Politically, counter-ISIL cyber operations are likely to be relatively non-controversial - the group is not recognized internationally as an actual “state” and is almost universally condemned on the global stage. Further, targeting ISIL, as a non-state terrorist group, sidesteps the legal complexity that other types of non-state targeting could present - e.g., cyber actions against foreign corporations which benefit from cyber-enabled economic espionage, etc.
3) The private sector can target ISIL using innovative operating concepts unlikely to be developed in traditional government contexts
In the counter-ISIL context, CLoMs could be employed to extend authorities for operations to private operators acting as force multipliers. A variety of concepts of operations are possible - including many not explicitly laid out here which the innovation of the private sector could develop.
The US government could allow already-existing non-government employees to place “hands-on-keyboard” during military cyber operations while otherwise operating in government spaces and with government tools. Alternatively, allowing contractors to conduct cyber operations semi-autonomously with targets and tools developed in-house is also a possibility. In both of these cases, CLoM operators would not “own” the counter-ISIL cyber mission, but instead carry out operations under the supervision of both Congress and pertinent agencies.
In even simpler operations, “access-as-a-service” (as explored in CLC#001) could be offered to target ISIL devices - CLoM holders would simply gain initial footholds on ISIL machines (e.g., through 0day/nday exploitation, phishing, or other concepts) before handing compromised devices off to government operators. In these operations, payment would be based on simply obtaining access.
CLoM holders could also be commissioned to conduct less forward-leaning operations, such as simply providing government operators with network topology information, intelligence about attack surface (open ports, applications, etc), or validated selectors for targeting (both at a network level and in terms of digital identities on forums, social media, etc).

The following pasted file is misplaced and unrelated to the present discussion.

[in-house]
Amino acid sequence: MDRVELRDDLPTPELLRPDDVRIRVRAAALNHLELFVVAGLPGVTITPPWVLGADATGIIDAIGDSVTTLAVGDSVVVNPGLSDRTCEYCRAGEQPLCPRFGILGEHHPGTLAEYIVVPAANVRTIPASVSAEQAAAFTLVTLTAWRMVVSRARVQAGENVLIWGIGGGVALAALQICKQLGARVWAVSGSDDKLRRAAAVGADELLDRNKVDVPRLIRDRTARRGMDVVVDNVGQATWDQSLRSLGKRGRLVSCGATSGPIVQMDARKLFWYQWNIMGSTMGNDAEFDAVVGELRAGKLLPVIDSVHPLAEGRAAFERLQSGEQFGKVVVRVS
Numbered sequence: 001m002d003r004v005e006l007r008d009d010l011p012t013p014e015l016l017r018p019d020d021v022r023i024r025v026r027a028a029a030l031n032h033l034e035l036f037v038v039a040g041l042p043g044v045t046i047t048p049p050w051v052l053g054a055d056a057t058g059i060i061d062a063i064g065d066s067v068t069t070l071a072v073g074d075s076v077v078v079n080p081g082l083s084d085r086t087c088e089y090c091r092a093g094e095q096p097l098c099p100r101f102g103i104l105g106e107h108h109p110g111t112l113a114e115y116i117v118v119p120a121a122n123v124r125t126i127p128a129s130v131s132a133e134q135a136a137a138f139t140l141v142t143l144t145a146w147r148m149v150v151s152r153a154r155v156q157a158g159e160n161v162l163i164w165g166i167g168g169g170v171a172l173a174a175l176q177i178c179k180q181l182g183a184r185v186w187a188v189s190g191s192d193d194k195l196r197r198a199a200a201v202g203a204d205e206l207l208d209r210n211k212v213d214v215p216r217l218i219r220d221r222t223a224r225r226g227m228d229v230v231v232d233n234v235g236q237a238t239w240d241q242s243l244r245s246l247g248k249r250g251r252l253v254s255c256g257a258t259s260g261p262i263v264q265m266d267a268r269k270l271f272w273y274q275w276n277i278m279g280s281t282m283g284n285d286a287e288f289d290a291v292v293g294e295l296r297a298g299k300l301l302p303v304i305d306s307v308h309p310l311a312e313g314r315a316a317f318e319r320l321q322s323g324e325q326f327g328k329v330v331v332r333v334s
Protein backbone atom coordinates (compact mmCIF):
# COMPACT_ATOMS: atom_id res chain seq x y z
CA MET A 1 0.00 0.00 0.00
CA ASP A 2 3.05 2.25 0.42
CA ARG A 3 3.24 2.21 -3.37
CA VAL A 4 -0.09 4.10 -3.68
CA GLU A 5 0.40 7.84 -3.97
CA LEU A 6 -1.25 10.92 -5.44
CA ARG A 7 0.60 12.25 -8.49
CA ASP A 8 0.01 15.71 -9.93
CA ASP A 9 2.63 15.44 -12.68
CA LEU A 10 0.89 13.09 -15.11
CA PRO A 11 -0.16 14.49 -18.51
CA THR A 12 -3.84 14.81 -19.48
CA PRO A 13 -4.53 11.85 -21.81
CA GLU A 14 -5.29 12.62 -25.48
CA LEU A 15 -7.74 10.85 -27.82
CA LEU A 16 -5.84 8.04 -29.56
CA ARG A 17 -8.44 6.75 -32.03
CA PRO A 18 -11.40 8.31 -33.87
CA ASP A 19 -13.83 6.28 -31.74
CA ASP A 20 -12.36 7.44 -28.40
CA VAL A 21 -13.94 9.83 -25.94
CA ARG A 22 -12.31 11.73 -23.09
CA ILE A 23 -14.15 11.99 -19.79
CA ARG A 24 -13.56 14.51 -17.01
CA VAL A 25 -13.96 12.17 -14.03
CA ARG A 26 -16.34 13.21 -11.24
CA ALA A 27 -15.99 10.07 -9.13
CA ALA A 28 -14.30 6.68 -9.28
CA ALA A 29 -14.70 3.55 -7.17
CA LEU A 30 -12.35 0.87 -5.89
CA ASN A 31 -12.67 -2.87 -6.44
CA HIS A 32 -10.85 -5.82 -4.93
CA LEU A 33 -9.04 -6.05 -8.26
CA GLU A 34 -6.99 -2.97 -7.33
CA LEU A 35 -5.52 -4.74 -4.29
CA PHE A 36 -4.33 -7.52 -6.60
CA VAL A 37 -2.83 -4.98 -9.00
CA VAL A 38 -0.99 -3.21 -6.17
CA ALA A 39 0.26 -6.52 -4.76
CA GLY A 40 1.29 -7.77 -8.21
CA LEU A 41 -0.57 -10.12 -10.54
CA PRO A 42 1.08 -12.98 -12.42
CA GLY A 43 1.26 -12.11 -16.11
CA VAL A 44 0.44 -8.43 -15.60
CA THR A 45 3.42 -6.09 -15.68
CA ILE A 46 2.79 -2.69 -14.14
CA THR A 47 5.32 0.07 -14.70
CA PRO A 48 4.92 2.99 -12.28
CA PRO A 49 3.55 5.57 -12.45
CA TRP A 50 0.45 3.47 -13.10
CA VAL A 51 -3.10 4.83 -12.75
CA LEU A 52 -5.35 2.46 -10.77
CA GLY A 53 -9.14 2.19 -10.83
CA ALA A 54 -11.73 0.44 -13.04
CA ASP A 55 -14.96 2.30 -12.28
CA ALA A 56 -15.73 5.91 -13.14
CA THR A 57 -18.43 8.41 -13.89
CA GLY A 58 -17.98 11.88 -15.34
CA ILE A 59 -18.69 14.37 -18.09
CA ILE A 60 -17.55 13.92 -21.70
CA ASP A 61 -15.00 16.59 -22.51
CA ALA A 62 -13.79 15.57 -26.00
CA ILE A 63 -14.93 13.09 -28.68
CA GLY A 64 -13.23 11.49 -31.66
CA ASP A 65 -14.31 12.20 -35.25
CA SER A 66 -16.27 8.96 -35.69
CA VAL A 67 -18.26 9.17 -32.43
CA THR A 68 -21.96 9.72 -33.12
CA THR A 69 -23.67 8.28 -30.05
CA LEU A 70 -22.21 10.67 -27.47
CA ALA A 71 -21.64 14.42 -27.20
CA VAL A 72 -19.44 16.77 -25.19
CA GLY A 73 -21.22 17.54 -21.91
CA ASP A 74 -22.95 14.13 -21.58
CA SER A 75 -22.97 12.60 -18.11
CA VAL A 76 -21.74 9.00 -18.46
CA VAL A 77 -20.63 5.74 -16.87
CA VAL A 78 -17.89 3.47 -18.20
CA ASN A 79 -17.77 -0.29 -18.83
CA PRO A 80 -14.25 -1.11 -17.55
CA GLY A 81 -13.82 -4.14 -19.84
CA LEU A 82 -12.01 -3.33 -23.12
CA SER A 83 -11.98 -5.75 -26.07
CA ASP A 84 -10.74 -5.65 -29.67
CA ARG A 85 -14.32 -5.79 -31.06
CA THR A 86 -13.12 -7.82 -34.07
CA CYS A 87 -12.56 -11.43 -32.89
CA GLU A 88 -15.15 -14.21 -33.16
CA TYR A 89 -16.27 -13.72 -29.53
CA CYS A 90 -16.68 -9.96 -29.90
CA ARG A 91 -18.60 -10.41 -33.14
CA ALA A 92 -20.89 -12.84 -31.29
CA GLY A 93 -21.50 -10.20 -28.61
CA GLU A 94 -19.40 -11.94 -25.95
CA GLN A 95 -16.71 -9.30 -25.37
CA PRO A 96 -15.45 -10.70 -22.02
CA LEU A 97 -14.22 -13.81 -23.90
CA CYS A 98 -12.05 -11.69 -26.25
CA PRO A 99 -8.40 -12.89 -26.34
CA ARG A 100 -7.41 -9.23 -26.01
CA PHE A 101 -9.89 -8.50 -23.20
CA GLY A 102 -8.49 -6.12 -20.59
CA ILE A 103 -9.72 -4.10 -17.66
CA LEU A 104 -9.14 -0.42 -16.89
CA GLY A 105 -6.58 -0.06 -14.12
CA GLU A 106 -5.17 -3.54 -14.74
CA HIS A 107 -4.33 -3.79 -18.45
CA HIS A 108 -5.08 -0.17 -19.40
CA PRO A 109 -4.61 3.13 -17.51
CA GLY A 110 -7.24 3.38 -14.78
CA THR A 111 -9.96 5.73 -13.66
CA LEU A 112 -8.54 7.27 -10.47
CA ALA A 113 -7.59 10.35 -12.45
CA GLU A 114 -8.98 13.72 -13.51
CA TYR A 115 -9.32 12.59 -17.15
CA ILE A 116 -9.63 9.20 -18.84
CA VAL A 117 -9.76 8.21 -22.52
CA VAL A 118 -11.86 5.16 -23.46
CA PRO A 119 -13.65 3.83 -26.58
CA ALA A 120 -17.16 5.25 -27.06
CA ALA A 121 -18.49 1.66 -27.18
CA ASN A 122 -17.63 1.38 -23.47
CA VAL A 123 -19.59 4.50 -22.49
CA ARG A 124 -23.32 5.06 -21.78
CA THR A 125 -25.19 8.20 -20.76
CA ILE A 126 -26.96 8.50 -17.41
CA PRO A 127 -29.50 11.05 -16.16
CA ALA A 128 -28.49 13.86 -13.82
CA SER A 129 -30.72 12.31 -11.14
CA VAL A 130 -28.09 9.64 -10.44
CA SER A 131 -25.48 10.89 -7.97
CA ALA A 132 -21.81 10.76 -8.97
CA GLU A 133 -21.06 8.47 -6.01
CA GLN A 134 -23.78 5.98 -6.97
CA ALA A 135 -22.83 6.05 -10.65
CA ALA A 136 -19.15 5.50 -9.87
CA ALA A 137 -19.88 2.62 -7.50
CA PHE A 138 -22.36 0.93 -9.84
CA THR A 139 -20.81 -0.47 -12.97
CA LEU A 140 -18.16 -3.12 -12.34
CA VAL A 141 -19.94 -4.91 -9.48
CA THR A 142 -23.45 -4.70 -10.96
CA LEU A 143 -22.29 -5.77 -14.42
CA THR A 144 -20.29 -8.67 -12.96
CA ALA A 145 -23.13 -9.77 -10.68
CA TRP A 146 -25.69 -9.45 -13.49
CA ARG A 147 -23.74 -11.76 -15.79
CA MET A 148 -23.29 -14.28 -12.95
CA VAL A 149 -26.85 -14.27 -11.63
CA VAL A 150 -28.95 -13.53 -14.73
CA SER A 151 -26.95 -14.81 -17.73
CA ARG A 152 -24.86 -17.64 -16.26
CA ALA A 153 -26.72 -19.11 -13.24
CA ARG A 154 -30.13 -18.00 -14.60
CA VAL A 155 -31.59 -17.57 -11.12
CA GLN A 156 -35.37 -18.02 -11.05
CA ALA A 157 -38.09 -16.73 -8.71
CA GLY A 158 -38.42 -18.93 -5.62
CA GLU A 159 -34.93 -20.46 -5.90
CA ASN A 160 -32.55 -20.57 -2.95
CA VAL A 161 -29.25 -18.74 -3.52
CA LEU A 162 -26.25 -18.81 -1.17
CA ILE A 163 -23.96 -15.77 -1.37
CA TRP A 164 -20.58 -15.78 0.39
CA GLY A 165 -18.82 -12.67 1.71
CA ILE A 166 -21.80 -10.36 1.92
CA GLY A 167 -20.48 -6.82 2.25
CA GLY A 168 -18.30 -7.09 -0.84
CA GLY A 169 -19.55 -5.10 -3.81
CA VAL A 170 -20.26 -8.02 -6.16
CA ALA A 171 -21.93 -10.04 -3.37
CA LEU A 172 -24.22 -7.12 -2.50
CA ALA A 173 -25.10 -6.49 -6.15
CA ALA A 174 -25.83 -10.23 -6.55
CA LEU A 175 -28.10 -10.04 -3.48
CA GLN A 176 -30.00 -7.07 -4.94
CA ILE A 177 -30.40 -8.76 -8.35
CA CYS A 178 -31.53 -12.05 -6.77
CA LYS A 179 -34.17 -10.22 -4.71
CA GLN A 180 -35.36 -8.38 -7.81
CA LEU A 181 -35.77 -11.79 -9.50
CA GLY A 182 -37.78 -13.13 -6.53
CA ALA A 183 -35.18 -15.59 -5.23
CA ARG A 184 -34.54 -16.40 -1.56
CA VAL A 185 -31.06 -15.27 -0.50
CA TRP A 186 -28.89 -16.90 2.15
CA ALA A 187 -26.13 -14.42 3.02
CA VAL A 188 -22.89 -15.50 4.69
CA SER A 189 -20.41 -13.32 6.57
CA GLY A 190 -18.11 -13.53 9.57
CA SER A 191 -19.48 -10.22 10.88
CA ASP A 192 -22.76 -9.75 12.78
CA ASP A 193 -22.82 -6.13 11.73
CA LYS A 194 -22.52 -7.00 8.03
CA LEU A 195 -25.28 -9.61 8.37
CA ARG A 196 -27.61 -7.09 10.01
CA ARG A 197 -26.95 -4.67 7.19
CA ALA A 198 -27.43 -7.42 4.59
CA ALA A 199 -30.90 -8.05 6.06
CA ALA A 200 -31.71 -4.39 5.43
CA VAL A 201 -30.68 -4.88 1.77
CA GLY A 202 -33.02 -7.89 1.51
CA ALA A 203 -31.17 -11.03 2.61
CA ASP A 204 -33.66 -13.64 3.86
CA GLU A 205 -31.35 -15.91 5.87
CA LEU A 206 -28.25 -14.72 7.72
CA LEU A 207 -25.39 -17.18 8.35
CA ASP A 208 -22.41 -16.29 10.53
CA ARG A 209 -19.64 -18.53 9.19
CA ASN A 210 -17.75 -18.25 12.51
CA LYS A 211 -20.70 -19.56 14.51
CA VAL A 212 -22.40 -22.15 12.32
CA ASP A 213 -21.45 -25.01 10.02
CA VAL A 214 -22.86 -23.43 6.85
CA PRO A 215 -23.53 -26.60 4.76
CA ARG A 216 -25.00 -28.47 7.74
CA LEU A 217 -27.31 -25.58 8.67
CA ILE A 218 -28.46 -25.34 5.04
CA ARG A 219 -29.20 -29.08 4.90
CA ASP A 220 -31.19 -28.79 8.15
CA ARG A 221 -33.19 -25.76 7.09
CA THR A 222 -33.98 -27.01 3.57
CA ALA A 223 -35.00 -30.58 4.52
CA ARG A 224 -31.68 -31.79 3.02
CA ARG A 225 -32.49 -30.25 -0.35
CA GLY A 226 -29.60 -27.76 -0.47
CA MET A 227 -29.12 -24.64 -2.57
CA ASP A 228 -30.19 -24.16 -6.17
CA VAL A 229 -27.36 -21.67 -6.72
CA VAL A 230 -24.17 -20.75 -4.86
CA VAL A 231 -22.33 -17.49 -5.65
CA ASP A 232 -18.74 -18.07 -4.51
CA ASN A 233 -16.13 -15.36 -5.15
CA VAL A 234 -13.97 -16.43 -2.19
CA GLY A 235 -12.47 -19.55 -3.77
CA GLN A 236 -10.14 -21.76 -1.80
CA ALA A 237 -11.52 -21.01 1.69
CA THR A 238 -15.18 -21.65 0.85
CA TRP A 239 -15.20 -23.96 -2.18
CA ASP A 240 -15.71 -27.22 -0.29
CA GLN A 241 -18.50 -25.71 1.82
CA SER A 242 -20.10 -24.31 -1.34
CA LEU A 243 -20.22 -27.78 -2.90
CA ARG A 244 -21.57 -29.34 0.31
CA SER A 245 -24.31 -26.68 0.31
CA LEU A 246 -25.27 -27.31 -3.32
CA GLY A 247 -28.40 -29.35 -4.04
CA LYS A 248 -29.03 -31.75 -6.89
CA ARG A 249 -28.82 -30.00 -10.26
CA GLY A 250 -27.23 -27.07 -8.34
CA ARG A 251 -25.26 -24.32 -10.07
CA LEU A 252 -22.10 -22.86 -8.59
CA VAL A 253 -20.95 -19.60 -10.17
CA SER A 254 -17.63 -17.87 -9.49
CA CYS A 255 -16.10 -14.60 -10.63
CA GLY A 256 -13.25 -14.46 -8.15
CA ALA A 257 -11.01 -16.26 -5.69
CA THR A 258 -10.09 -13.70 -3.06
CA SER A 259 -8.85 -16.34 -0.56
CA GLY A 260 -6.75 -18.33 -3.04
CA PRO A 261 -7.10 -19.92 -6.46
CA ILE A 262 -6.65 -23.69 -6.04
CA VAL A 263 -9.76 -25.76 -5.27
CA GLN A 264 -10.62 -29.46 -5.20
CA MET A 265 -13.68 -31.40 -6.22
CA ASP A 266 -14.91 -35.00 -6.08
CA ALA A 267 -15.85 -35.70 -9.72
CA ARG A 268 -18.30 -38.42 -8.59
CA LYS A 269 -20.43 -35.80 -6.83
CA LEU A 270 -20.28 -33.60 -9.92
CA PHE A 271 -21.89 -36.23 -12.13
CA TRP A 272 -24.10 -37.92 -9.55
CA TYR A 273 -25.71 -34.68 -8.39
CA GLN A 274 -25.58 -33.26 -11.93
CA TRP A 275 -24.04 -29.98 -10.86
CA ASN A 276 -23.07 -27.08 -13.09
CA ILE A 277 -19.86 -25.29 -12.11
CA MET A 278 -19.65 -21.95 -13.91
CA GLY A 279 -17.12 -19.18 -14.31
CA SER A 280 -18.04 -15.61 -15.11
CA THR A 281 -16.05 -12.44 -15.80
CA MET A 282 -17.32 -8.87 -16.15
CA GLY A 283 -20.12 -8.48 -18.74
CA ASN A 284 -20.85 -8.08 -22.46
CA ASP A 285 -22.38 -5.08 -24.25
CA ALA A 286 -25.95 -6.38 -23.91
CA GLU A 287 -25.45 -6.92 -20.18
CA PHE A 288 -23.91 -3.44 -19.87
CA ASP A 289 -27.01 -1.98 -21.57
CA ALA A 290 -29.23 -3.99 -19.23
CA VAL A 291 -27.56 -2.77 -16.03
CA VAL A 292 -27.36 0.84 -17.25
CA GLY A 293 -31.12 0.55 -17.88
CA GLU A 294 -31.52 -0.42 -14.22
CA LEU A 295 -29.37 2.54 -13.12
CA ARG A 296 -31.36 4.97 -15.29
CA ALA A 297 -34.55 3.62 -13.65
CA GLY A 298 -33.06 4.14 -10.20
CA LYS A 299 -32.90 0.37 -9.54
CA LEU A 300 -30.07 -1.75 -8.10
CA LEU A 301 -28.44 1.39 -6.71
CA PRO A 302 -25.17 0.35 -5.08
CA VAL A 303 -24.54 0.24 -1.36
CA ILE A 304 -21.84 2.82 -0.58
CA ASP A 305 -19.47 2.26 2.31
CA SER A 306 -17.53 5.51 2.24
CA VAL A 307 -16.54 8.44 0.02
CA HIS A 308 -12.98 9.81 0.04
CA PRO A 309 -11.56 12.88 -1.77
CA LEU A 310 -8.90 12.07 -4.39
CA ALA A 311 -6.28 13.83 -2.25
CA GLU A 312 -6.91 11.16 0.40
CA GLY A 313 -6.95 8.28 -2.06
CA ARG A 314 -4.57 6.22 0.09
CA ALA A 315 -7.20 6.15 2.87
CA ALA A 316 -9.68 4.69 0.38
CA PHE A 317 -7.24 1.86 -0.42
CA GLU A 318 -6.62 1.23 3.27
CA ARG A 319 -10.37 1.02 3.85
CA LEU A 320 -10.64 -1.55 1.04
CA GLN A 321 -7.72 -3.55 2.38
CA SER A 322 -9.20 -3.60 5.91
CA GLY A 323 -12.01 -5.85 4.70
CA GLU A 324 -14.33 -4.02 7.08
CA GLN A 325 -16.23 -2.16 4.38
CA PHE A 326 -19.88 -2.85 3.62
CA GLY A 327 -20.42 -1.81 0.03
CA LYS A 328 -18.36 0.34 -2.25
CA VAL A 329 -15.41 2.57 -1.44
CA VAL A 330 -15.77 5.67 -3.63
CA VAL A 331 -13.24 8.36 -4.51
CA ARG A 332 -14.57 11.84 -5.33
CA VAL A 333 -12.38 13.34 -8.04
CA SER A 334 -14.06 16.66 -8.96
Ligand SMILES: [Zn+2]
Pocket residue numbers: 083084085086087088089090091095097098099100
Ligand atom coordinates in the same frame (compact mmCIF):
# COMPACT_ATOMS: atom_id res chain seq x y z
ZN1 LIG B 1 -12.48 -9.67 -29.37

4) CLoMs that target ISIL can give the private sector a way to hack ISIL legally, and allow the US government to leverage talent
Due to the inherently clandestine nature of cyberspace operations, multiple government-sponsored actors (or even non-state actors) can sometimes target the same devices or individuals. This occasionally culminates in two distinct cyber actors (even from the same country) unknowingly sabotaging each others’ operations. During Operation GLOWING SYMPHONY, members of hacktivist organization Anonymous accidentally did the latter. Anonymous’ operation “#OpISIS” resulted in the doxing and shutdown of hundreds of ISIL social media accounts and websites. This activist activity allegedly impeded US government intelligence collection efforts for Operation GLOWING SYMPHONY.
Publicly designating ISIL as a target for CLoM operations would signal to the public that the US is targeting ISIL organizations, and that CLoM holding organizations would also be able to participate. Ideally, this would incentivize individuals interested in targeting ISIL to join a CLoM holding organization or start their own, increasing the number of possible anti-ISIL operations coordinated by the US government. Companies holding CLoMs could tap into unique talent pools not accessible to the US government as well, bringing additional skilled individuals to the US mission.
Concepts of Operations
On the technical front, ISIL targets should be fairly easy to track and compromise - i.e., a mix of outdated Android phones, legacy Windows computers, web apps, and mainstream security applications (browsers, VPNs, messaging apps, etc). Operations would likely not be challenged by modern technology security features, complex large-scale network devices, or difficult-to-navigate cloud architectures. Operations could be conducted with a mix of publicly available tools and low-cost bespoke tools developed by CLoM holders.
In order to assure adherence to legal targeting against adversary combatants, Executive Branch agencies of the US government (e.g. DoD, CIA, NSA, etc) could issue targeting legality determinations. Other targeting information could also be conveyed to CLoM holders through these relationships - e.g., designating certain devices which should not be targeted in order to not disrupt ongoing USG-administered operations.
Though defeating ISIL is a core part of US national strategy, the group is not a “hard target” for cyber operations. Such a target can provide a demonstrable testing ground for unleashing the power of the US industrial base against an opponent, while building the governance necessary to scale operations to other niche targets.
Following this report, CLC#003 will discuss expand upon the access-as-a-service concept discussed in this piece and CLC#001, with a focus on IoT access-as-a-service offerings.